The 1916 season was Captain Bernard Karels’ second year on the all-state team. Other players who were awarded all-state berths were Louis Mohs and Urban Knaeble, the last of the outstanding Knaeblebrother athletes. A younger brother, George, was not as well known as an athlete as his older brothers. Frank Kettler was called “Shorty” because he was six-feet-three and weighed over two hundred pounds. Bernard Karels was a genius with a basketball. Working by himself, he developed the long one-hand jump shot before it was recognized as the most valuable shot in basketball, one that ten years later was to change basketball from a low scoring to a high-scoring game. At the end of the 1916 basketball season the Record reporter expressed the appreciation of St. John’s for the work of this extraordinary player who, of a total of 465 points scored by the team, scored 219 himself:

This being Captain Karels’ last year here, the school loses one of the best basketball players in the state. For the past three seasons he has worn the Cardinal and Blue. Last season and again this year he was awarded a forward position on the Minnesota All-State team. Many consider him not only one of the best players ever seen at St. John’s, but also one of the most accurate, troublesome and sensational “shots” in the Northwest. Through his wonderful aggressive work he has far surpassed the enviable record set by Blume of Hamline University fame in the basketball arena (Record, April, 1916, p. 247).

Time has not changed the reputation of Bernard Karels among those who ever saw him play. While he was in the seminary he used to visit the gym once or twice a week all alone to practice his one-hand jump shot, the sweat pouring down his face as he spun around the basket like a whirling dervish, popping basket after basket with one hand. Once during a rest between spasms of activity he came up to the present writer, who was standing nearby marveling, and confided his conviction that the coaches he knew were half blind and possibly dumb: “When I was playing they could see me shoot fifteen baskets a game with one hand, and still they’d say it was a freak shot no one else could learn.”

– 1916-1917 –

The 1917 basketball season has already gone down in history as the worst in St. John’s athletic history. The Record lamented that it was a disaster year of major proportions. There were, for example, no holdovers from the championship year of 1916, and Coach Flynn was confronted with the problem of beginning at the bottom with an entirely new squad of players with fewer athletic talents than he had ever worked with prior to this year. One of the features of former years was that line-ups for games varied very little from the beginning to the end of the season. This year, however, the frequency of substitutions and obvious experiments from game to game make it apparent how desperately the coach was trying to find a winning combination. The only victory in a nine-game schedule was a 30-21 triumph over Kimball High School, a game originally scheduled to serve as a warm-up for the conference opening.

It would be an injustice to the coach and his squad not to mention the unusual circumstances they had to contend with. Some of the eight losses were by close scores: Luther College 26-27, St. Cloud Normals 21-23, South Dakota State 18-23-a fact lost sight of when the scores are compared with the overwhelming accumulation of points of the preceding year.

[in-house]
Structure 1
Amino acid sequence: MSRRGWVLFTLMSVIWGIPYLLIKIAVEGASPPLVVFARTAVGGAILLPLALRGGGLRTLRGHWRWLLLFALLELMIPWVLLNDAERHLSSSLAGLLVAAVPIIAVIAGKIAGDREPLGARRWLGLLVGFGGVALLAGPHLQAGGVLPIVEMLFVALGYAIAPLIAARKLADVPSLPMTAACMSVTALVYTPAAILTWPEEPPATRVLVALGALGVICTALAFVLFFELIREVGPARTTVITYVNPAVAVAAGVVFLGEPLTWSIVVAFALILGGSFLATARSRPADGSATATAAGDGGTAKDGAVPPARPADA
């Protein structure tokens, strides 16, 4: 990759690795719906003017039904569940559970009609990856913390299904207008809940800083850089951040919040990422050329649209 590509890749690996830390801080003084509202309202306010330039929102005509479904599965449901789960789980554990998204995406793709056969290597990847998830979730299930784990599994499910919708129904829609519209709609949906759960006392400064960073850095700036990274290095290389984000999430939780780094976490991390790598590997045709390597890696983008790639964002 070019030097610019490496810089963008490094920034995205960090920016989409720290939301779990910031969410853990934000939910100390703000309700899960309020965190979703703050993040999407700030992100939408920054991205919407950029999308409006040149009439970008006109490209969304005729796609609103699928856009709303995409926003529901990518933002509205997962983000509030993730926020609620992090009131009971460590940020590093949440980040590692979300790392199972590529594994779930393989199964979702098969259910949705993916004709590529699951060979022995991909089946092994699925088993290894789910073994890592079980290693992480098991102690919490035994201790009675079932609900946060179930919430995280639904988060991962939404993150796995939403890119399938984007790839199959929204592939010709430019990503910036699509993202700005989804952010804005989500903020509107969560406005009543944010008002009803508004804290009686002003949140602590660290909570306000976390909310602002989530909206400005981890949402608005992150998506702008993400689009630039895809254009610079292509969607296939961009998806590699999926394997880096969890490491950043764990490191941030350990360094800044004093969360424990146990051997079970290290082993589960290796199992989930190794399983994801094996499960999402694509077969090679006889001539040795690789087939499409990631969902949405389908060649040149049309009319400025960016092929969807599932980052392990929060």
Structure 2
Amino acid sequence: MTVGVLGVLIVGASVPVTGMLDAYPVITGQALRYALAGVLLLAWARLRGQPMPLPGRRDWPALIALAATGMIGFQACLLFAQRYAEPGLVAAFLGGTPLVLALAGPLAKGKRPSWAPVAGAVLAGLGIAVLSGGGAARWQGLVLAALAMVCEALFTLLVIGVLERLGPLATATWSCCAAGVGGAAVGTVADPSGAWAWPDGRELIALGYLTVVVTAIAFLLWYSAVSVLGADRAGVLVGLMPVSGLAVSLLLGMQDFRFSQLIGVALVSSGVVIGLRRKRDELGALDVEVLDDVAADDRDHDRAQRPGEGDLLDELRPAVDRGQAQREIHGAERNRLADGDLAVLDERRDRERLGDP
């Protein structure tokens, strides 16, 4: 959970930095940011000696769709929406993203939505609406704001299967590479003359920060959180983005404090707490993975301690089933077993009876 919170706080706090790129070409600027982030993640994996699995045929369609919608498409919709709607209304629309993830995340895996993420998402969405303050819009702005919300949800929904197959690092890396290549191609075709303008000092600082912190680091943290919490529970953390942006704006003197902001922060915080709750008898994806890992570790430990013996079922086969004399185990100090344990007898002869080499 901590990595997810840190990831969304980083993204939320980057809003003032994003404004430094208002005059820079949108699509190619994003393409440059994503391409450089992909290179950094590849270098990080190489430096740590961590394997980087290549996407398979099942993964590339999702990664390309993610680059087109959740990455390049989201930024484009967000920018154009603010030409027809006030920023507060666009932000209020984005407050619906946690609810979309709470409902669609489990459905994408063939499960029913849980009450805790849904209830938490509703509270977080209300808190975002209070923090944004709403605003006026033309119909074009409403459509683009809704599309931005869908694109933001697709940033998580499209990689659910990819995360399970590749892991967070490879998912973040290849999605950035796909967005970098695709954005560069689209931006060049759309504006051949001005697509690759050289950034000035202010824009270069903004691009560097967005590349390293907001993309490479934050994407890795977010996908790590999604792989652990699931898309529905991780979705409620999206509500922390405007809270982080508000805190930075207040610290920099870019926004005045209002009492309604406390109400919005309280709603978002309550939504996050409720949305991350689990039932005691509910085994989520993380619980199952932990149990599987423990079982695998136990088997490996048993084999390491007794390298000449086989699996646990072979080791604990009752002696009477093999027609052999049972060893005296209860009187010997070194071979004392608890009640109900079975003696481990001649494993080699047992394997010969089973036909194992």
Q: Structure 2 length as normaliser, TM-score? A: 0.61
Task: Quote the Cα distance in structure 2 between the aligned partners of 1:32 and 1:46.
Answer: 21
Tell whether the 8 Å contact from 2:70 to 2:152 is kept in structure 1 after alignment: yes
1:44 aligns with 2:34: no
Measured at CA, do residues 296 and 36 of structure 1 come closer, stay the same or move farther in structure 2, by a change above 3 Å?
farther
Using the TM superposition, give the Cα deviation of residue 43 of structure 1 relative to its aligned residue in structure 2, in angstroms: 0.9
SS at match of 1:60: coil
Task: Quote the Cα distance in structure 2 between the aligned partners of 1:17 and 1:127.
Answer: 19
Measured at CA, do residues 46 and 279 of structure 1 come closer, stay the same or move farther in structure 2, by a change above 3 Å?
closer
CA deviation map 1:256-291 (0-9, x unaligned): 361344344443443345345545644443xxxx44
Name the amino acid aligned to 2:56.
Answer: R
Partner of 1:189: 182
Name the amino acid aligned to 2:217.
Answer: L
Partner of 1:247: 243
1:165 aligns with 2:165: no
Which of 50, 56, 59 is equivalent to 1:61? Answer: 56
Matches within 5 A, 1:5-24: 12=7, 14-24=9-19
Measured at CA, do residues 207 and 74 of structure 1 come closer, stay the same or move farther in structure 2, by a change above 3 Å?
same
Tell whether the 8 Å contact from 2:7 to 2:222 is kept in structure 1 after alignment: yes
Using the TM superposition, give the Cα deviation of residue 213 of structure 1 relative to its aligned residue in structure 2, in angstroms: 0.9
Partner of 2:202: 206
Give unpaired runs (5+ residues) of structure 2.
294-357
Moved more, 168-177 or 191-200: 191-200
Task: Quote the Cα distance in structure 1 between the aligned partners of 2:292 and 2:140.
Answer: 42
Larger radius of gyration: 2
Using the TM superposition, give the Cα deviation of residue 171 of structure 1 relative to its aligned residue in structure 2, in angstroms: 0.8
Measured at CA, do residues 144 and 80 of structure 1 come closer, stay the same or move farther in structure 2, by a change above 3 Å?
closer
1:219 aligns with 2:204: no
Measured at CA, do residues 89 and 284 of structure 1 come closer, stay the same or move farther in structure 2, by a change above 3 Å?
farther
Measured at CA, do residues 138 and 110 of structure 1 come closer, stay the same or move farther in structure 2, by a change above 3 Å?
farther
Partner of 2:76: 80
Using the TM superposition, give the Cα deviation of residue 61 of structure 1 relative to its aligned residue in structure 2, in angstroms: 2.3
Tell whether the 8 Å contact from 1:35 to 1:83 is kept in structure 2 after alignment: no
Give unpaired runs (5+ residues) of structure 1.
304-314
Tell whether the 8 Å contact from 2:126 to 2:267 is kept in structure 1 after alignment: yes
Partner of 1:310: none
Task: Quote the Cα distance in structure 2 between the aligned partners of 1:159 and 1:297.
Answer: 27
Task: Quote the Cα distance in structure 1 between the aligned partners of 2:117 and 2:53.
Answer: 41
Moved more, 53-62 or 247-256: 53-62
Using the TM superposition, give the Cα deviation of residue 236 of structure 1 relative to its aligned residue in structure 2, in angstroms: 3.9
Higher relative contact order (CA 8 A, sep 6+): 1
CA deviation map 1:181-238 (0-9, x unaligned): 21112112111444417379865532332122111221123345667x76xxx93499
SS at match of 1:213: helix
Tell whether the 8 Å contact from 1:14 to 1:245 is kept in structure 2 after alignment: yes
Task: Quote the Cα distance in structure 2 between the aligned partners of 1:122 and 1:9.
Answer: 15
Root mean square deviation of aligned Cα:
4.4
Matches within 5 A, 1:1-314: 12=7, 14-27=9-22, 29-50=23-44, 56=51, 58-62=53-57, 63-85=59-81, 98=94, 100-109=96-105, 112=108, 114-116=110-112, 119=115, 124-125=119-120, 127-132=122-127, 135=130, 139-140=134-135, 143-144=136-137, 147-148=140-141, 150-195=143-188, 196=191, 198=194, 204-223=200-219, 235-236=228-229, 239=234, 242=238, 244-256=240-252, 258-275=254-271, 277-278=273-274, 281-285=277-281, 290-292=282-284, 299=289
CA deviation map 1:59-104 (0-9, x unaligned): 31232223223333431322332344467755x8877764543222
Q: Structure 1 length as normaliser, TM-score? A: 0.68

There were no stars to emerge in the 1916-17season. The captain and chief inspirer for the year was Horace Lee, a hard-working leader who was faced by insurmountable handicaps.

– 1917-1918 –

The Record makes no reference to the military draft and preparations for World War I that were decimating the number of athletes, actual or potential, on college campuses throughout the nation. St. John’s was no exception. It was still a small college, however, and the loss of even one athlete was more acutely felt than in the other conference colleges that had larger enrollments on which to draw. On the other hand, St. John’s was unique inasmuch as its main source of candidates for athletic teams was the College Preparatory department. To a great extent, the outstanding athletes at St. John’s were “homegrown,” and as one generation succeeded another there would always be groups of Prep School graduates waiting to fill the gaps left by departed students, whether they left for the world of business and graduate school or for the military service.

In the absence of statistics it is impossible to say to what extent the war years affected the sports program at St. John’s in 1917-18. Observable from Record reports of games played there was the usual constant upward movement of Prep School stars to serve as substitutes when the regulars faltered, especially such coming athletes as William “Bart” Rooney, Matthew “Bill” Barry, August Kapsner, and George Reuter, all of whom were still seniors in the Prep School and evidently were considered eligible.

The 1918 basketball season was a moderate success, with an overall record of six victories and five defeats. Surprisingly good was the fourth place final ending in the conference race. Whatever embarrassment the team might have felt after two defeats by St. Thomas was softened by two victories over St. Cloud Normal School. Concordia College of Moorhead made its first appearance on a St. John’s schedule in 1918, losing by a score of 22-20.

Outstanding players for this year were Captain Earl Stussi, Steve Tlusty and Joseph May.

– 1918-1919 –

Although the 1919 team ranked no higher than the midpoint in conference standings, it nevertheless enjoyed what was considered a successful season. St. John’s was just recovering from the “disaster” years, 1917 and 1918. The conference record was an average percentage rating of .500-three victories versus three losses. Highlight of the conference games was a double sweep of St. Thomas, St. John’s ancient rival. The overall record was six victories and six loses.